[title="News feed title|no"]
"text" - displayed as title
"no" - means show no title
empty title - title taken from feed
1 - show time tag of feed item
0 - hide time tag of feed item (default)
1 - makes feed header h3 and feed-items headers h4
0 - makes it all default


{{feed url="https://www.davidcayley.com/podcasts?format=RSS" time=1 nomark=1 max=3}}

Podcasts - davidcayley.com

last 3 items

Leopold Kohr

2 weeks ago

Leopold Kohr.jpg

Despite his his originality and his influence as a thinker, the work of Leopold Kohr remains too little known.  His philosophy in a nutshell was contained in his crucial book The Breakdown of Nations, published in 1957, where he wrote: "...there seems to be only one cause behind all forms of social misery: bigness...Whenever something is wrong, something is too big."  The idea that everything has its proper size had been developed in the biological sciences by D'arcy Thompson in his 1917 book On Growth and Form, and later by J.B.S. Haldane in his essay "On Being the Right Size,"  but Kohr was the first, so far as I know, to apply it to the human and social worlds, creating what Ivan lllich called a "social morphology."  E. F. Schumacher was Kohr's student, and brought Kohr's idea to wide attention in Small Is Beautiful (1973).  Illich, likewise, acknowledged Kohr as his teacher and inspiration in books like Tools for Conviviality and others.

I was lucky to meet Kohr in the summer of 1989 when he came to Toronto to lecture at a gathering of his fellow decentralists.  He was already in his eightieth year and somewhat deaf, but still a lively and charming speaker and companion.   Happily, he had a couple of hours free to sit down and talk with me in the Ideas studio.  The following programme was broadcast shortly afterwards.  A transcript can be found on the Transcripts page which I have recently added to the site...

Religion and the New Science

a month ago


This series had its genesis at a meeting of the Royal Society of Canada - in 1985, as I recall, though it may have been the year before.  The subject was the relations of religion and science, and several of the people featured in this series were present - among others physicist Iain Stewart, philosopher Albert Shalom, and British scientist James Lovelock, whose "Gaia hypothesis" was then still new and controversial.  I had long been interested in the  developments in physics and other sciences that were leading some to speak of a "new science," and in the implications of these developments for theology and philosophy, so I took the Royal Society meeting as a starting point for the following programmes.  The series came back to mind recently when I read an essay David Bohm had contributed to a festschrift for Owen Barfield back in the 1970's.  Bohm, an adventurous philosopher physicist, is one of the featured speakers in the second programme of the series, along with Ilya Prigogine, a Nobel laureate in chemistry for his work on irreversibility, complex systems, and what he called dissipative structures.  Also featured are James Lovelock and Rupert Sheldrake, whose then recently published A New Science of Life had so scandalized fellow biologist Sir John Maddox, the editor of the journal Nature, that he had declared it a "candidate for burning."  Reading Bohm's essay, it seemed to me it was time to share these still vital and interesting voices.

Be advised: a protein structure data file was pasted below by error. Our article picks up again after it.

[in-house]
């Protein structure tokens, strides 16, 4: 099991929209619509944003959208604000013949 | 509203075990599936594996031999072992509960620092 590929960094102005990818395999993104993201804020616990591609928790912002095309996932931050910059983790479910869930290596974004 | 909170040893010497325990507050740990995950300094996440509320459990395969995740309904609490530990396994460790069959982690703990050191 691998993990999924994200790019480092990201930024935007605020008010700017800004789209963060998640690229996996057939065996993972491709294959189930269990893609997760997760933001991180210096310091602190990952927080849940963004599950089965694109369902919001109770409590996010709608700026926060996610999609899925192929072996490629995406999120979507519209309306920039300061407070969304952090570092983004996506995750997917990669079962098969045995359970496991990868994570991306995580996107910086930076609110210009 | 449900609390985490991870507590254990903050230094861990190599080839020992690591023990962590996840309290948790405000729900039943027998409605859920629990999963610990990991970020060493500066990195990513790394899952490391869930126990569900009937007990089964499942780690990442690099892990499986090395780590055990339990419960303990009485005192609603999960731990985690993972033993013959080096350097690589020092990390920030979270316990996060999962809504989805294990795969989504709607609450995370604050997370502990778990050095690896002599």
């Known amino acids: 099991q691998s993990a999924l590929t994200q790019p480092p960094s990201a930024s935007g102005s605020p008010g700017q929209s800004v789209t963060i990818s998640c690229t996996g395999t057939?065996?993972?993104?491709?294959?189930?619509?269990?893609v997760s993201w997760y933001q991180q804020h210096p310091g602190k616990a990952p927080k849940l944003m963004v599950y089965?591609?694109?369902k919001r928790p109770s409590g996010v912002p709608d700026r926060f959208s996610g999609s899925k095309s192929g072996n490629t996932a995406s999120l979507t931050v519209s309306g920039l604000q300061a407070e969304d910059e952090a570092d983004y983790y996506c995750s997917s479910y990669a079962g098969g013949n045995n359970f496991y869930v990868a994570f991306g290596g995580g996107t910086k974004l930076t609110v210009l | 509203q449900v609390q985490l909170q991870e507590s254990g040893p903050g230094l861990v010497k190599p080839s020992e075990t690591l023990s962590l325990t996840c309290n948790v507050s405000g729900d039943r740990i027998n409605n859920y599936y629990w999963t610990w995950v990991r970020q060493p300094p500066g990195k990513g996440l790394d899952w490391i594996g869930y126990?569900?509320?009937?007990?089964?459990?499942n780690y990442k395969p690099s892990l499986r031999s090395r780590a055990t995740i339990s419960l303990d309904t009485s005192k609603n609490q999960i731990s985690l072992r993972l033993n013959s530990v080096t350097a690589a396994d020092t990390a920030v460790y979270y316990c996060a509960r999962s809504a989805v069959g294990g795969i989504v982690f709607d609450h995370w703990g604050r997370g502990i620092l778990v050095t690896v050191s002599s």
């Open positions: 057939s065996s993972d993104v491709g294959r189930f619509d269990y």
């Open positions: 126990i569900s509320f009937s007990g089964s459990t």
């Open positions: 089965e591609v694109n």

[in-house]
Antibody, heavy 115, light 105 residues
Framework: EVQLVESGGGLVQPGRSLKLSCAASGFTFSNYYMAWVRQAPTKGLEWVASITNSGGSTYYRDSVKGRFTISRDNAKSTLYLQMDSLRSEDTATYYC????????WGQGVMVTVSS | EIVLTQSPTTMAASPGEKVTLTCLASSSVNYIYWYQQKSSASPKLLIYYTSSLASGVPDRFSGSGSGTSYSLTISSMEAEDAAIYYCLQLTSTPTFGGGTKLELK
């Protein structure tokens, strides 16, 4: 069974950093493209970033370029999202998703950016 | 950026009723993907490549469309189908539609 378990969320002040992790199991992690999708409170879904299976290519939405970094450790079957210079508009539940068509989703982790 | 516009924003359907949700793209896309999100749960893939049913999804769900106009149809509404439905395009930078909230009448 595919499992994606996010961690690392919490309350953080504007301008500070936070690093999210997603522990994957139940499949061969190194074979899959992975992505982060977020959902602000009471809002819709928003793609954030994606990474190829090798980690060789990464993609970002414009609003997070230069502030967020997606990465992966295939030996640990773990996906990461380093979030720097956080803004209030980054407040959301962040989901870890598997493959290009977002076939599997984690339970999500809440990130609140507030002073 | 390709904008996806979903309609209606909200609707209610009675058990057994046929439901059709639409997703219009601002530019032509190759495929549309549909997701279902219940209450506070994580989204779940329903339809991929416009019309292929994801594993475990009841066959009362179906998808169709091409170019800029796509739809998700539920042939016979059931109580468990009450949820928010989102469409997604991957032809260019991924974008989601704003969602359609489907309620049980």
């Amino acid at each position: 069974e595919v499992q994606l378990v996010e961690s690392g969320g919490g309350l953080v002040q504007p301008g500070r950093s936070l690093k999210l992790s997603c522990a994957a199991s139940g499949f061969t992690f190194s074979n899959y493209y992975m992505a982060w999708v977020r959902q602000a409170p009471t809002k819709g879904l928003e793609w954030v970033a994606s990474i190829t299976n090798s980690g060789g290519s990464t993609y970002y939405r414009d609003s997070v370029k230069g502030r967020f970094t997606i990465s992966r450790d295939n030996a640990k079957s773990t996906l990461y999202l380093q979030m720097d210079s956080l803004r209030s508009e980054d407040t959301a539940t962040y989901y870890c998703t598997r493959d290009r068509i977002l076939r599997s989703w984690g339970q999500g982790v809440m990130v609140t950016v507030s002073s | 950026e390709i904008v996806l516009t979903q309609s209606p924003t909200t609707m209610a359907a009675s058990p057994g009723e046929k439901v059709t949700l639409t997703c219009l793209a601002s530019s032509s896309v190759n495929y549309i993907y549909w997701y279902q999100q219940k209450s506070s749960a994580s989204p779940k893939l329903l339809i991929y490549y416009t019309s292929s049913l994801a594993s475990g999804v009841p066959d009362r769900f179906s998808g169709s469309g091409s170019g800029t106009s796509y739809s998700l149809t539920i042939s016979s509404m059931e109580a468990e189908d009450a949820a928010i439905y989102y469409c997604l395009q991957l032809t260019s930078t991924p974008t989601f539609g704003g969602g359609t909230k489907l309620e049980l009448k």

Discussion of religion and science has a long history, but the discussion entered a new phase in the years before these programmes were broadcast in 1985.  Among the reasons were recent experimental confirmation of the reality of quantum entanglement, or what Einstein had called "spooky action at a distance"; and the appearance of the sciences of complexity and emergent order, sciences which were then completing the job begun by early 20th century physics in overturning the postulates of classical science.   The world according to science was becoming more subtle and mysterious.  Rupert Sheldrake suggested that it was time to replace the old metaphor of "laws of nature" with something more provisional like "the habits of nature."  David Bohm suggested that mind and matter must have "the same basic order" - two aspects of a single underlying process.   Ilya Prigogine dared to "dream...about a more unified culture" in which science no longer posited a universe in which human consciousness is an anomaly.  

In what follows scientists, philosophers, and theologians discuss the implications of this "new science."  More than thirty years have elapsed since these shows were first broadcast, and no doubt details would need to be changed if they were to revised today, but it seems to me that the outlines hold up pretty well.   I should also note that the series was honoured by the Canadian Science Writers Association as the year's best radio programme.  My work rarely attracted prizes, but this was an exception, and the $1,000 prize, I recall, was a welcome addition to a then somewhat strained household budget...


The people heard in the series, in order of appearance, are as follows:

Part One: James Lovelock, Morris Berman, Rupert Sheldrake, Stephen Toulmin, Albert Shalom, Philip Hefner, Trevor Levere, Ravi Ravindra, Ilya Prigogine, Jacob Needleman

Part Two: David Bohm, James Lovelock, Rupert Sheldrake, Ilya Prigogine, David Peat

Part Three: Stephen Toulmin, Robert Rosen, Iain Stewart, David Bohm, Philip Hefner, Thomas Berry, Jacob Needleman, Ravi Ravindra